The peepshow is a rectangular box; the interior is painted on three sides, as well as on the top and bottom. The sixth side is open; originally light would have entered the box from this side, perhaps through specially treated paper stretched across it. The box would have been placed close to a window or illumination provided by a candle. There are peep-holes in the two shorter sides which provide the illusion of three-dimensional views of the interior of a house.
Hoogstraten's box is an unusually elaborate example, decorated on the exterior with allegorical paintings which correspond to chapters in a theoretical book that the artist was to write later. The long side illustrates love of wealth as a motivation for the artist, who appears with a putto holding a cornucopia. Love of art and of fame are the subjects of the paintings on the short sides, while the top is decorated with an allegory of physical love, representing Venus and Cupid in bed, painted in anamorphic (distorted perspective) projection.
The box was probably painted in Dordrecht in the later 1650s. A number of such peepshows were made in Holland but only a few examples have survived. This is one of the finest. The stand is modern.
Miranda Hinkley: Well, here we are in the Dutch room, just across the way from Holbein’s ‘Ambassadors’, and we’re at Hoogstraten’s Peepshow, which is a box mounted on a stand which has painted scenes round the outside, but there’s a little hole in one of the sides, and if you look through it in fact shows the interior of a house. Louise have a look through there and tell me a bit about what you can see.
Louise Govier: Oh, I love this. It’s absolutely fantastic. What always happens when I look into this is that I end up banging my head, because I’m so busy trying to crane round and see all of the different rooms and spaces. Basically you look in and you’re drawn into this interior world. I can see a dog, I can see a chair, and the thing is it’s done in such a clever way that some of these things really do look three-dimensional and you can see doorways in that open out into other worlds, and little glimpses of people – it’s absolutely fantastic.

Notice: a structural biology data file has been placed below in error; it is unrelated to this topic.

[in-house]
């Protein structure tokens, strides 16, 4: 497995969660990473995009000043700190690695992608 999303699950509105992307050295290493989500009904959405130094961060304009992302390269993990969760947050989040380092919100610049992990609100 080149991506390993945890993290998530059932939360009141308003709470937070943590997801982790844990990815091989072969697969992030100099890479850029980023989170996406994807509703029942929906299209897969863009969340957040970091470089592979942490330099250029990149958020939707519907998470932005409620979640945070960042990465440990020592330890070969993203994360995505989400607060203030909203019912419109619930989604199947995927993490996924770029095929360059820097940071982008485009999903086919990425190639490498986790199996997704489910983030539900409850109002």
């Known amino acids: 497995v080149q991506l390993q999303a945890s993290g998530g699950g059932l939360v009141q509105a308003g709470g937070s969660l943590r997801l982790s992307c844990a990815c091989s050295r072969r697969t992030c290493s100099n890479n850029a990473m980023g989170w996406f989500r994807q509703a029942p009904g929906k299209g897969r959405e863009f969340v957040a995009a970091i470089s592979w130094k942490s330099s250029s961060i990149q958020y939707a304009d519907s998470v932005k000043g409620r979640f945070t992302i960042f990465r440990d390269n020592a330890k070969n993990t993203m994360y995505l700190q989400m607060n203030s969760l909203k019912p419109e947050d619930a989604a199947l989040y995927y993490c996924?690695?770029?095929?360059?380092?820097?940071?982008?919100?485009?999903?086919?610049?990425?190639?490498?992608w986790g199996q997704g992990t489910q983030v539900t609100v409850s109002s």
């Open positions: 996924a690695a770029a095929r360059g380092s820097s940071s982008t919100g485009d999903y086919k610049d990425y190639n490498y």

Miranda Hinkley: Philip, I mean, if we come round the back of the box – the way it’s exhibited now, there’s in fact a glass plate so that we can see exactly how Hoogstraten’s achieved this effect, and I mean this whole thing works on perspective, doesn’t it?
Philip Steadman: It does, yes. Part of it is quite conventional perspective. What Hoogstraten has done is that… it’s like Doctor Who’s tardis, it’s much bigger on the inside than it is on the outside. You’ve got these images of a great many rooms that you can see – there are long perspectives through doorways to other rooms beyond. And those are painted in, as I say, conventional perspective, but there are some details which overlap the surfaces of the box, and in particular there’s a little dog, who springs up when you look through one of the peepholes, but when you come round here, as we’re looking now, you can see that he’s painted half on the wall in ordinary perspective, and then half of him, his legs, are painted on the floor, and they are stretched out, and that part of the dog is an anamorphic perspective.